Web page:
Integrated miRNA/mRNA Network Analysis
A series of bioinformatics analyses found that there is a correlationship between miRNAs and their target mRNAs. miRNAs were usually negatively correlated with their targeted mRNAs in theory, despite a few exceptions (32). To identify potential miRNA-regulated target genes, the datasets of differentially expressed miRNAs and transcripts were integrated according to the following criteria: (1) In our analysis, miRNAs and mRNAs should undergo reverse changes simultaneously; (2) The correlationship between miRNAs and their target mRNAs should be predicted by the software of RNAhybrid, Targetscan, or miRanda. Cytoscape software (San Diego, CA USA) was used to visualize the interactive network of differentially expressed miRNAs and concurrently expressed target mRNAs.
The data of behavioral tests were presented as mean ± SEM. Two-way ANOVA was used to make the statistic comparison among control, CUMS and Companion groups before and after treatment. Paired t-test was used for statistics of before vs. after values within groups. The unpaired Student t-test was used to make the statistic comparison between control and CUMS-susceptible, control and CUMS-resilience, control and Companion-susceptible, control and Companion-resilience, CUMS-resilience and Companion-resilience, and so on. P < 0.05 is considered statistically significant.
CUMS-Induced Depression-Like Behaviors Were Ameliorated by Accompanying With Companion in Juvenile Mice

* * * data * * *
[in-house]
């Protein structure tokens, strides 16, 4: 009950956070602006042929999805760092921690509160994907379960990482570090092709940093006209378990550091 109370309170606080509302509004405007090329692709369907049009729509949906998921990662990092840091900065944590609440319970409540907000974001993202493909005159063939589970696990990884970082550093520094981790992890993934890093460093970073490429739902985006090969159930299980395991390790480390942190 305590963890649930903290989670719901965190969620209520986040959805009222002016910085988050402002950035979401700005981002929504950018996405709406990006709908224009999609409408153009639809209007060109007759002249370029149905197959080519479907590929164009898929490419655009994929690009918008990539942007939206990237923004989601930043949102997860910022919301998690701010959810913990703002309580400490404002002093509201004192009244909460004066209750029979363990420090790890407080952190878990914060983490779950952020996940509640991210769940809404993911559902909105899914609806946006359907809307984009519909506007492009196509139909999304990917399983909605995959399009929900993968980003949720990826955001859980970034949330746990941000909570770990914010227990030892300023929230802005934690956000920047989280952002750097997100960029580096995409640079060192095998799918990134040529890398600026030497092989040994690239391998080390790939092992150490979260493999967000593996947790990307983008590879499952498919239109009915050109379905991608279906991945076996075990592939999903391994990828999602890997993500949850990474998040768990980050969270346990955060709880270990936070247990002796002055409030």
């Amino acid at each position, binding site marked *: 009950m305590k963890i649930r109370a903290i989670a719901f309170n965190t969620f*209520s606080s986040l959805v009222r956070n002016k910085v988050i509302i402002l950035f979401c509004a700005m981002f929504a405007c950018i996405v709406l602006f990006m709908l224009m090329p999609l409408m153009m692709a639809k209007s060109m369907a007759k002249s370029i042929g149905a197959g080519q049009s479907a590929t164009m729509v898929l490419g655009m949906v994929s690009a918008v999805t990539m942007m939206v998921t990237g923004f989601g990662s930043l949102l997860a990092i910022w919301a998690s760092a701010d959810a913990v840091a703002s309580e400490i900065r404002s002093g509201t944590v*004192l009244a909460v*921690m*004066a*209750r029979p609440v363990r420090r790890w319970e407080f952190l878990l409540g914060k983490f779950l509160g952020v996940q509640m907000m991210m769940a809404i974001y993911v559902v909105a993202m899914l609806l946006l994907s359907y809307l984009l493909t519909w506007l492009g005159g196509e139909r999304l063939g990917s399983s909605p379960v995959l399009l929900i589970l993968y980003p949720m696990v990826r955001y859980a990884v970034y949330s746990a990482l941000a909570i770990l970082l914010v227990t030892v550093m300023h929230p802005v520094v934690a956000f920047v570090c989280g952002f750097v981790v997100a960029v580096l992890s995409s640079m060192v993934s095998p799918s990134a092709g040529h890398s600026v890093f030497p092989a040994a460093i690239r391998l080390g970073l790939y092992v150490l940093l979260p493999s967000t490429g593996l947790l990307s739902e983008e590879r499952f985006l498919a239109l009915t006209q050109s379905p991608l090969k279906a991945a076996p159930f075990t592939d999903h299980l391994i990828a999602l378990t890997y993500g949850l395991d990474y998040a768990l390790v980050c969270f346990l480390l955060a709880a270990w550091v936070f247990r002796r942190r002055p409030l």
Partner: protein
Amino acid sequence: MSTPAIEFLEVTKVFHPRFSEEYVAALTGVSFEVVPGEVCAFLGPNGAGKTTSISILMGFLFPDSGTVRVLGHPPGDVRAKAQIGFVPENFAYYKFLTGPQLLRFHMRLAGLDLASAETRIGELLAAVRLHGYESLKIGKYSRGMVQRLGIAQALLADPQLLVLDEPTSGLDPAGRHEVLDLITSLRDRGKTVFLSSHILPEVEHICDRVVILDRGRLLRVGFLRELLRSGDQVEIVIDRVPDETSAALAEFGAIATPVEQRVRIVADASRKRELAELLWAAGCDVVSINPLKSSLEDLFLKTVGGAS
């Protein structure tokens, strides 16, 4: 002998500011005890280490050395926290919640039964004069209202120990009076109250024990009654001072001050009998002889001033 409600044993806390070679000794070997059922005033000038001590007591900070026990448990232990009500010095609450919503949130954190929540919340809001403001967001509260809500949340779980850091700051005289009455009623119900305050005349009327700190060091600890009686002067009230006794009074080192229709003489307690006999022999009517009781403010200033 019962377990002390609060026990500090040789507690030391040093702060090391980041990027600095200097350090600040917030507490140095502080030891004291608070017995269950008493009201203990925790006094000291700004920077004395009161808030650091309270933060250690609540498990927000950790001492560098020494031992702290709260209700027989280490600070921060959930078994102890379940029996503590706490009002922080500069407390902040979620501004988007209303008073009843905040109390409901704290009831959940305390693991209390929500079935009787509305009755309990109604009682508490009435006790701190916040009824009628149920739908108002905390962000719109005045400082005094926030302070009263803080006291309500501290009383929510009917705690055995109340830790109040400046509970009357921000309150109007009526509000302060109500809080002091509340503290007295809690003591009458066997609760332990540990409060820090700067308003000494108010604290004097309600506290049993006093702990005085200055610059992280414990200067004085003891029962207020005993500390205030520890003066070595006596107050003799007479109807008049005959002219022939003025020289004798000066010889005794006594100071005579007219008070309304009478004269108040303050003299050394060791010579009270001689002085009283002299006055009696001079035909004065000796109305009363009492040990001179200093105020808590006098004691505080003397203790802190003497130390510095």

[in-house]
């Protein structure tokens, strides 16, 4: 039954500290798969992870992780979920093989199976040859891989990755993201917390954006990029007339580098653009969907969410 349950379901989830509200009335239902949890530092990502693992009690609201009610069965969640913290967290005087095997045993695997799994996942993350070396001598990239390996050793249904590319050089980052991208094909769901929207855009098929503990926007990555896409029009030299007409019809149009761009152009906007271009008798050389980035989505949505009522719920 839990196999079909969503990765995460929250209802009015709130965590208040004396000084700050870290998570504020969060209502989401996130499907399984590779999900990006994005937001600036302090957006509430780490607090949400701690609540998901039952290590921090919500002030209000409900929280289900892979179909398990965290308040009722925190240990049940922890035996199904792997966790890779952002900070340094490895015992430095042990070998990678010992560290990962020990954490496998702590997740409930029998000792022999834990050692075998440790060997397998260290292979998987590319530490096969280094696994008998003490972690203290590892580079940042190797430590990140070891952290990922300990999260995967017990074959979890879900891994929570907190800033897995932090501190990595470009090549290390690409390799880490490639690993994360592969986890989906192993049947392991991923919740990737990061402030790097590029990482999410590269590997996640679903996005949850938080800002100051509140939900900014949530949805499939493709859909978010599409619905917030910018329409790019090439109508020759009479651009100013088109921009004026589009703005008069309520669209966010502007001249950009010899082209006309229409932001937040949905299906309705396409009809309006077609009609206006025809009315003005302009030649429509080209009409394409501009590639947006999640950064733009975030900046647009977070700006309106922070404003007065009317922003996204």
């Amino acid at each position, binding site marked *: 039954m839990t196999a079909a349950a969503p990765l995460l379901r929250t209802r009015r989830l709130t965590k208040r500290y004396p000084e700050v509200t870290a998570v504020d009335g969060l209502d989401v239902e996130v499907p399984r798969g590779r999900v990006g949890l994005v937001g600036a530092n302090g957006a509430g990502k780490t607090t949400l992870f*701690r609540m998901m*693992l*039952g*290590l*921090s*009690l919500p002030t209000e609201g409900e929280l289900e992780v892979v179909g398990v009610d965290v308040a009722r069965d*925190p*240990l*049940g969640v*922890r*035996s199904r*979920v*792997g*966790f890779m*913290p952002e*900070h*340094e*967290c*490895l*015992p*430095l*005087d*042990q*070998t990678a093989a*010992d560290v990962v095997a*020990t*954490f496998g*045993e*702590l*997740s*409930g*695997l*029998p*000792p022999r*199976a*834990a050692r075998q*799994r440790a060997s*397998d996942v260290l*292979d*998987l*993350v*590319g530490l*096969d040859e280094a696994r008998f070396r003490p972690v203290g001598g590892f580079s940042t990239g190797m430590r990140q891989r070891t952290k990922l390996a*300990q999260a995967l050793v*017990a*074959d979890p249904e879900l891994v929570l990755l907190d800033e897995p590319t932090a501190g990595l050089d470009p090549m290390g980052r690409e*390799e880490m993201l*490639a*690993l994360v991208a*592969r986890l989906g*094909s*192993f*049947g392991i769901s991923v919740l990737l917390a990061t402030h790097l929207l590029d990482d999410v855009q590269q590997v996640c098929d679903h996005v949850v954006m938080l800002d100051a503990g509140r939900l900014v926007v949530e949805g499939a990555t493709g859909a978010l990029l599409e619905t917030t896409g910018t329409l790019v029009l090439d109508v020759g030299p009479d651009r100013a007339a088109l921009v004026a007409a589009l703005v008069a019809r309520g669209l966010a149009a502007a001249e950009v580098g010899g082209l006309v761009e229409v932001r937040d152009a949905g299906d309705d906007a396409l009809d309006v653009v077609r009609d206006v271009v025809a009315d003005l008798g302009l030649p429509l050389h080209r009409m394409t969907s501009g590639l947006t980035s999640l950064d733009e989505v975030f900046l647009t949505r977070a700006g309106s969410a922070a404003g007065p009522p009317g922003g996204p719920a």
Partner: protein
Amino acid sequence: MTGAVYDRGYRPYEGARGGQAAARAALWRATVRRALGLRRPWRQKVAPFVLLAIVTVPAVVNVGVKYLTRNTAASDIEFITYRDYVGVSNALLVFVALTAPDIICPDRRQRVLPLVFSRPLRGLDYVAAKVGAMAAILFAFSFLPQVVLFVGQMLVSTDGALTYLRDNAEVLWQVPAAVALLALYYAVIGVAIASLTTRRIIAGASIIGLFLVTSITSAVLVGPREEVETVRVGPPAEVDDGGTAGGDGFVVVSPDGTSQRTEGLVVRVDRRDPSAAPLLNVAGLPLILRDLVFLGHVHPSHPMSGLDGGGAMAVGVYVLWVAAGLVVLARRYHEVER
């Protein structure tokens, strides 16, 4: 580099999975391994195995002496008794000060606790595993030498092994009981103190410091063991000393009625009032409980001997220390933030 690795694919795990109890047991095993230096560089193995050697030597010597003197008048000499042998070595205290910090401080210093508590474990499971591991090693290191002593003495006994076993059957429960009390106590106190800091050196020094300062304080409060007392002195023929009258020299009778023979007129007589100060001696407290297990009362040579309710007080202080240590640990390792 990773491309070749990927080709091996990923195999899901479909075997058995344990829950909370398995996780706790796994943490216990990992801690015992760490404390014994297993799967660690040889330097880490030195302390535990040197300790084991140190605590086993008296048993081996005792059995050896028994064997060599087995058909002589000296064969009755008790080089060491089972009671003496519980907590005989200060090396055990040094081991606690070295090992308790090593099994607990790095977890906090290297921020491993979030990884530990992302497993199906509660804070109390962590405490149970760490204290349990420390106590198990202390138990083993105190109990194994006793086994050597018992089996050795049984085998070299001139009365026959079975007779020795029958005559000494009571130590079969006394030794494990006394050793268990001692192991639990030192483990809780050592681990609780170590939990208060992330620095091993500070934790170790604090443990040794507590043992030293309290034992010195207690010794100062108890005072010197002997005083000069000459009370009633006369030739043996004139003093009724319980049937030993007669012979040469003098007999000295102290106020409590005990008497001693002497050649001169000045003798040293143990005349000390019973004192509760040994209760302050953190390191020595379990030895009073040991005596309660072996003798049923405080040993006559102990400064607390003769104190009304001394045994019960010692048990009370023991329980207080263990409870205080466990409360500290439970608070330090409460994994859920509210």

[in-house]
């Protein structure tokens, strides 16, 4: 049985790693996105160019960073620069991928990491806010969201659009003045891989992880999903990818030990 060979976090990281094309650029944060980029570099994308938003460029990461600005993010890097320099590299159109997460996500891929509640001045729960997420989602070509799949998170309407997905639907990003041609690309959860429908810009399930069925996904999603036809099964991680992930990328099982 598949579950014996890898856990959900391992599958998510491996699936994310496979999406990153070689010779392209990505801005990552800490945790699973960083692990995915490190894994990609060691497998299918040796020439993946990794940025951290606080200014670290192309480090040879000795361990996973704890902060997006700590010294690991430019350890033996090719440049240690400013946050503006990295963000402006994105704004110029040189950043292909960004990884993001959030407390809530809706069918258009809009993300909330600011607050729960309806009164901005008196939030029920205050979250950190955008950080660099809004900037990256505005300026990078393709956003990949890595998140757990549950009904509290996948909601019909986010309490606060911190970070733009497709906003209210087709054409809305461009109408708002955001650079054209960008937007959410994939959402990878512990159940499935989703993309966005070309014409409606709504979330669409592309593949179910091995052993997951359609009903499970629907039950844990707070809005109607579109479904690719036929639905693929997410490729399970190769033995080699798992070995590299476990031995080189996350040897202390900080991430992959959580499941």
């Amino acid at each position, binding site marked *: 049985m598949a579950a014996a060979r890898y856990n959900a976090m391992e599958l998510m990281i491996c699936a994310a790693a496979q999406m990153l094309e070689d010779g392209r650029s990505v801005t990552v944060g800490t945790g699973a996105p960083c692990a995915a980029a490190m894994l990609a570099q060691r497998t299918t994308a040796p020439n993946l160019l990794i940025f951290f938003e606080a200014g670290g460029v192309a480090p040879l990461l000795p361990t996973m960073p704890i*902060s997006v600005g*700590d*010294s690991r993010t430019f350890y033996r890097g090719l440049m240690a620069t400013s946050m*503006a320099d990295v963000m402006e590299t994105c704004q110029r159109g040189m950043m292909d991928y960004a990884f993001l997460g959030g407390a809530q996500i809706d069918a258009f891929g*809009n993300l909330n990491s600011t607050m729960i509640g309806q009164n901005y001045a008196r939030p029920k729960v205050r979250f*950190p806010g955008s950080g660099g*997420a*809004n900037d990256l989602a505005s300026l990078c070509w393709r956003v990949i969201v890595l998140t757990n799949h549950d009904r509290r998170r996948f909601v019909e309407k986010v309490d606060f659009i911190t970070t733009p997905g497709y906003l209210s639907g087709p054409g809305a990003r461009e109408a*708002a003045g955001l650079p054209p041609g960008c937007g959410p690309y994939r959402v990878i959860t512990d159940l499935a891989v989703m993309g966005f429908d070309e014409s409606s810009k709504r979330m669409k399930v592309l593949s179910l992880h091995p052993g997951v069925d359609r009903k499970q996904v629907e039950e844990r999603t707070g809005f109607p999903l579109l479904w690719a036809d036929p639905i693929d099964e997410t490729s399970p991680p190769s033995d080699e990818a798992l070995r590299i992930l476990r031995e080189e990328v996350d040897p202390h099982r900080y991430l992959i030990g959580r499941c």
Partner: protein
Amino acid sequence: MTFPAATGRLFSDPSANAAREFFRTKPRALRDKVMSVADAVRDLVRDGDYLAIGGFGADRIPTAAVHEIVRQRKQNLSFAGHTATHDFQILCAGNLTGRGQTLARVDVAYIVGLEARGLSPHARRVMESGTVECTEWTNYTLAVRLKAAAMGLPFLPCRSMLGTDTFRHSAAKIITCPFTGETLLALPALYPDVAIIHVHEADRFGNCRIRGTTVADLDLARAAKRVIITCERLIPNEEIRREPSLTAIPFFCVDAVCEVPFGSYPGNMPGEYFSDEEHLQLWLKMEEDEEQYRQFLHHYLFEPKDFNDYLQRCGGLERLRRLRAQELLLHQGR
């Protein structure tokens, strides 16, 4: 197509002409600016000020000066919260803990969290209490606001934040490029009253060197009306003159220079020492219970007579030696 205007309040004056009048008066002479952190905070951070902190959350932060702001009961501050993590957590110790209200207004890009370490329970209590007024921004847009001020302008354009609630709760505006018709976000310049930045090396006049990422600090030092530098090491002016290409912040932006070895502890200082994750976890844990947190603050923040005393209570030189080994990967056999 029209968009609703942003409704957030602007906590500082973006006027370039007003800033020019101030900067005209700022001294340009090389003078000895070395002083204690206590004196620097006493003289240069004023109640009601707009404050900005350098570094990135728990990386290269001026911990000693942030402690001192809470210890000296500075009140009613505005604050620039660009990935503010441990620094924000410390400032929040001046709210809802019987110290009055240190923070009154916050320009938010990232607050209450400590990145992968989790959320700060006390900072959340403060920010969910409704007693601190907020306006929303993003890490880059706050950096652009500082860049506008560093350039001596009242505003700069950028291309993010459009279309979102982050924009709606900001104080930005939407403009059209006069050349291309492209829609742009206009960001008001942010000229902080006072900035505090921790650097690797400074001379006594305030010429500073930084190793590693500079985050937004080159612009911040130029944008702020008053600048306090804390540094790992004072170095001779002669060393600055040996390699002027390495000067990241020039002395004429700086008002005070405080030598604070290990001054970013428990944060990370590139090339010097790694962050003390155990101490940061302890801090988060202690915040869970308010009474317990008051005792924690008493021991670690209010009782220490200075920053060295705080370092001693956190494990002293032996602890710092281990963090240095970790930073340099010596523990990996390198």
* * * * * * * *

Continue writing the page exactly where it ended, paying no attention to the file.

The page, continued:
To investigate the effect of reward on CUMS-induced depression-like behaviors, CUMS model (33), as a classic model, was used to product mice with depression-like behaviors, and accompanying with companion was used to imitate a reward treatment. As shown in Figure 1A, juvenile male mice were divided into three groups, such as, Control, CUMS, and Companion group. Mice in CUMS and Companion group were treated with CUMS for 4 weeks, among which mice in Companion group were accompanied with companion once per 3 days. Then, sucrose preference test (SPT), Y-maze test (YMT), and forced swimming test (FST) were used to assess the depression-like behaviors or resilient behaviors, only mice changed significantly in all three tests could they be defined as susceptible mice, and mice did not change significantly in all three tests could they be defined as resilient mice (Figure 1A). As shown in Figures 1B–D, all three behavioral parameters of the CUMS and Companion groups varied so much after 4 weeks treatments. In CUMS group mice, the SPT values (86.53 ± 1.432 vs. 73.58 ±2.799, p < 0.001, n = 17) (Figure 1B and Supplementary Table 1) and the ratios of stay time in M-arm to stay time in total arms (80.87 ± 1.847 vs. 65.43 ± 3.821, p < 0.001, n = 17) (Figure 1C and Supplementary Table 2) significantly decreased after 4 weeks treatments, and the values of FST's immobile time were 215.9 ± 12.35 after treatments and 160.9 ± 8.635 before the CUMS treatments (p < 0.001, n = 17) (Figure 1D and Supplementary Table 3). These results suggested that juvenile mice exposed to CUMS over a long period of time exhibited depressive-like behaviors. Furthermore, it is noteworthy that pairwise comparisons among the three groups after CUMS showed significant differences in SPT, YMT, and FST, respectively (Figures 1B–D, Supplementary Tables 1–3). Excitingly, we found that the SPT and YMT values significantly increased in Companion group compared with CUMS group, and the values of FST's immobile time significantly decreased in Companion group compared with CUMS group (Figures 1B–D, Supplementary Tables 1–3). In addition, the percentage of susceptible and resilient mice in CUMS group were about 29.41% (5/17) and 17.65% (3/17), respectively, while these in Companion group were about 18.75% (3/16) and 31.25% (5/16), respectively. These results suggested that CUMS-induced depression-like behaviors were ameliorated by accompanying with companion in juvenile mice.